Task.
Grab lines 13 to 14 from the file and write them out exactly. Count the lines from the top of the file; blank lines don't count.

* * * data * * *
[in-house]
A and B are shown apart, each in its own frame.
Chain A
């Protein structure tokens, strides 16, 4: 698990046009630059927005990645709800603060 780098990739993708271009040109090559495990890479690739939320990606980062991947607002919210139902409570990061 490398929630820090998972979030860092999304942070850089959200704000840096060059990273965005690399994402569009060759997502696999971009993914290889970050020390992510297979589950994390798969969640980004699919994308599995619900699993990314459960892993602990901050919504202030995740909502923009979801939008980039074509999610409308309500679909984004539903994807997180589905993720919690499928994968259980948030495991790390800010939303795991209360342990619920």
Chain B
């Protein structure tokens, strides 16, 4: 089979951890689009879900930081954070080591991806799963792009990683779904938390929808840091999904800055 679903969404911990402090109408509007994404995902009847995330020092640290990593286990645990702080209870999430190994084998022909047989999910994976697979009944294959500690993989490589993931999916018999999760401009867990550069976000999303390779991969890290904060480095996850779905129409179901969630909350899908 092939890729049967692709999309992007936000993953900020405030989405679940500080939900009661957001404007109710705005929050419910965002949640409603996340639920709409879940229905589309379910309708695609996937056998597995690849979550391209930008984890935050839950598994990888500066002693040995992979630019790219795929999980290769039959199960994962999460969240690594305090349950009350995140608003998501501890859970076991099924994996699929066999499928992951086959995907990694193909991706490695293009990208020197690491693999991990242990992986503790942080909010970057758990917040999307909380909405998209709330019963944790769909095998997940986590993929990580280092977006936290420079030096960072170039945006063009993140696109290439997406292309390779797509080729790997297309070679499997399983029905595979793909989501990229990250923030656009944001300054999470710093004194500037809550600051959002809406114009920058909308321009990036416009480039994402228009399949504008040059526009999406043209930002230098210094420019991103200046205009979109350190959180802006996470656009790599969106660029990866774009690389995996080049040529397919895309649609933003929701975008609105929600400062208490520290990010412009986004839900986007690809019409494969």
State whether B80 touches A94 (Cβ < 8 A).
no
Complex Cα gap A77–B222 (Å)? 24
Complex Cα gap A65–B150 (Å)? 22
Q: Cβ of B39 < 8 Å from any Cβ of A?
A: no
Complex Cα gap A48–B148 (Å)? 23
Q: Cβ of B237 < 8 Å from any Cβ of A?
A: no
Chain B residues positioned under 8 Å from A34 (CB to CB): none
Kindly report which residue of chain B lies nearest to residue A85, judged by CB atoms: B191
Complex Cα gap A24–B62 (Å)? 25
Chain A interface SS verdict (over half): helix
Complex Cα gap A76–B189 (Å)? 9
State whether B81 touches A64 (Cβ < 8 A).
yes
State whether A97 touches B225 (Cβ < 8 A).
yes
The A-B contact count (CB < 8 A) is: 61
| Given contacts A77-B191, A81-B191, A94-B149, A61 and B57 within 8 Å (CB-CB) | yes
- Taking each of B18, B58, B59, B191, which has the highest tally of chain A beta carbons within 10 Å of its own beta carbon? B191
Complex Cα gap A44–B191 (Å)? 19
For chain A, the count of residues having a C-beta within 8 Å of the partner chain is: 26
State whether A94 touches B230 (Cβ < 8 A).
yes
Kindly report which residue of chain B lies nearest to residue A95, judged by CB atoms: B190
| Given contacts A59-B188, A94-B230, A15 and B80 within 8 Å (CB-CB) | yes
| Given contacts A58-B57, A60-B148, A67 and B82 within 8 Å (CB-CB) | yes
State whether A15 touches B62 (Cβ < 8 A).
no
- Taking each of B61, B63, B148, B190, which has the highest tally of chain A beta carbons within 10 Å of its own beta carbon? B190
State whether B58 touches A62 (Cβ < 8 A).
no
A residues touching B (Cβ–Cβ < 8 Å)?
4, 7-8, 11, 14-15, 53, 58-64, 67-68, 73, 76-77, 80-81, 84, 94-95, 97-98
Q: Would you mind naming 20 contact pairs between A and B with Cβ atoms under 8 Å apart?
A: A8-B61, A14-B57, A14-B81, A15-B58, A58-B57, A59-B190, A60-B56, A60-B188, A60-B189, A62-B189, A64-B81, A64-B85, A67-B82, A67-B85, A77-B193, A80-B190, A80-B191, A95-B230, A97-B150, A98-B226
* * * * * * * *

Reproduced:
Complex Cα gap A48–B148 (Å)? 23
Q: Cβ of B237 < 8 Å from any Cβ of A?